Walking is an important part of my thought process, it helps me think more clearly, form ideas and discover new subject matter. Sometimes the simplest everyday view can provide an exciting new beginning for a painting. Drawing on location helps me to record these initial thoughts and observations. Working outside over the years has helped me to inject more energy and spontaneity into my mark making.
I particularly enjoy views from an elevated vantage point or an unusual angle. The architecture of towns and harbours has recently inspired new paintings. In drawing and painting the interlocking shapes and colours of houses, boats and other architectural details it feels like I am solving a visual puzzle with a different and surprising solution with each painting.
Not quite knowing the outcome of each new piece is the spur that drives me to create. I feel an excitement at the beginning of a new painting, there is an urgency to start and see where the painting process of observing, experimenting and interpreting takes me. The process also involves questioning whether I have communicated the feeling of a place or thing and I work away until I find it through the handling of the media.
Jane Askey graduated from Manchester Polytechnic thirty-one years ago with a degree in Printed Textiles and subsequently worked as a freelance textile designer. She taught and inspired university students for thirty years, combining this with a career in painting. Jane’s original paintings have been exhibited in galleries throughout the UK and her paintings have also been licensed worldwide. Clients include The National Trust, Woodmansterne Publications, Paperchase, The Art Group, Phoenix Trading, Clare Maddicott Publications, Abacus, Cancer Research, The Robertson Collection and John Lewis.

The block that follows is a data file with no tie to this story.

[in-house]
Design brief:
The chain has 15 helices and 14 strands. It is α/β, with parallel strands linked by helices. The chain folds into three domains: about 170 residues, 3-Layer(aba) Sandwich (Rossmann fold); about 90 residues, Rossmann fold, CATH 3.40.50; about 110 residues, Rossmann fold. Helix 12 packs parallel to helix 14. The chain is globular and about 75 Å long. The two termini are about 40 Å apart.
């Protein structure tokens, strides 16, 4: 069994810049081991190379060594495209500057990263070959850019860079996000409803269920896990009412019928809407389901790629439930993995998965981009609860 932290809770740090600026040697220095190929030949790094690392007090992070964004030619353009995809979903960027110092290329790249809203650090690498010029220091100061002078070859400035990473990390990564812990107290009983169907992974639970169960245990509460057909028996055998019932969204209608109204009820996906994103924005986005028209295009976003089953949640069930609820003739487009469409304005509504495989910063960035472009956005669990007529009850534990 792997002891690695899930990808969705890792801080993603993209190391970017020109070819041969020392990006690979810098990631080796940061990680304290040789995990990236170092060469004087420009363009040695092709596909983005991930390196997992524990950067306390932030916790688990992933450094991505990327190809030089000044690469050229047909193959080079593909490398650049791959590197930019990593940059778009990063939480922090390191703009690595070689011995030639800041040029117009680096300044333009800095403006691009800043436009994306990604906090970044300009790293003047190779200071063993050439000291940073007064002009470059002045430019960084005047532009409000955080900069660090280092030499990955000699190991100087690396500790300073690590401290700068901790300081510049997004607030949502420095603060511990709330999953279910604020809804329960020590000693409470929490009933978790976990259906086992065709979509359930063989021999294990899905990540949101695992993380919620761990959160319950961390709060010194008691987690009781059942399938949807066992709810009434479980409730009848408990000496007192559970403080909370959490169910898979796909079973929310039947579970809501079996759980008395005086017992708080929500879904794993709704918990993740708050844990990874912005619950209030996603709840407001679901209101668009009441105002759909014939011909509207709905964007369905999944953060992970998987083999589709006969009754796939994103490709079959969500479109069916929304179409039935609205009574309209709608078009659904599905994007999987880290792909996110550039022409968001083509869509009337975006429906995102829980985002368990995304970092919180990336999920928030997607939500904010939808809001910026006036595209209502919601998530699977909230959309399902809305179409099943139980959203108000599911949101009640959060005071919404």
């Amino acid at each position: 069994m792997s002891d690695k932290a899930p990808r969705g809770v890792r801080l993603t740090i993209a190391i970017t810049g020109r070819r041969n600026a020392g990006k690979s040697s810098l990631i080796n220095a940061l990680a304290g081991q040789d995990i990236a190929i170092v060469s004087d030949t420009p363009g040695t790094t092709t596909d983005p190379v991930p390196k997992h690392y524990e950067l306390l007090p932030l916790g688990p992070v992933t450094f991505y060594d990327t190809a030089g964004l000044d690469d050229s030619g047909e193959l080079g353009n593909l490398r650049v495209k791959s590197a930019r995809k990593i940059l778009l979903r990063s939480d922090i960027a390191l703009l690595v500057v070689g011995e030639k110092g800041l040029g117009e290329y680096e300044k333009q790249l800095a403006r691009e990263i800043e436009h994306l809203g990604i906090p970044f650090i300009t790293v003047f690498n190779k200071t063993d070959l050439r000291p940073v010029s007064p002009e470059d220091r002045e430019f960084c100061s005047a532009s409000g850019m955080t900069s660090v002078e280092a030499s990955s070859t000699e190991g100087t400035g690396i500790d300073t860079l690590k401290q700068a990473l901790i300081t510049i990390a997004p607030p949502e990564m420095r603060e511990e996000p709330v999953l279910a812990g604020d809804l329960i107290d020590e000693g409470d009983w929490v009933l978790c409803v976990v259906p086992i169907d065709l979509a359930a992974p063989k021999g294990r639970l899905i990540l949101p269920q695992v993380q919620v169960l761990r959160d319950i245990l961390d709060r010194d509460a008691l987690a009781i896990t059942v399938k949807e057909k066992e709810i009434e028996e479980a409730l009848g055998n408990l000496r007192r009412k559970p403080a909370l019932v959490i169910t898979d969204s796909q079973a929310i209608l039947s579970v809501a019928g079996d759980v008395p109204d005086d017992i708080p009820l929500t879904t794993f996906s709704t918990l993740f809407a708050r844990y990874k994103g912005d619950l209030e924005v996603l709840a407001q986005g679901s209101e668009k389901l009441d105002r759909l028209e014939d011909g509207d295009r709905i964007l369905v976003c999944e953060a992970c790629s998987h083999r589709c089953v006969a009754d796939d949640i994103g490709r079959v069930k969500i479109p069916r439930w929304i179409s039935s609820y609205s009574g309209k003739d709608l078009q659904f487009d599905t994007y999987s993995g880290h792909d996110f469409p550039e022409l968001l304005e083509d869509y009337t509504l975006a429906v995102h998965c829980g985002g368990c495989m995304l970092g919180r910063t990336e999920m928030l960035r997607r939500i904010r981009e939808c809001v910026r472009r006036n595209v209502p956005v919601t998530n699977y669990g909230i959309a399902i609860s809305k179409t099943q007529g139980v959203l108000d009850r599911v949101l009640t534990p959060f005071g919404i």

Based in Scotland, with a studio that looks across the Firth of Forth to Edinburgh, Jane travels widely and sketches on location, experimenting with drawing and painting using mixed media in response to the landscape, the coast and architecture. Her background in textile design is evident in her approach to organising composition, colour and texture. She often works en plein air and this is reflected in her approach to handling paint, exploring the physical quality of the medium, allowing the gestural brush marks to suggest where land and sea meet with an emphasis on exploring colour, texture and light to evoke the character and mood of a specific place. Back in the studio she works on a range of surfaces referencing sketchbooks, photographs and memory.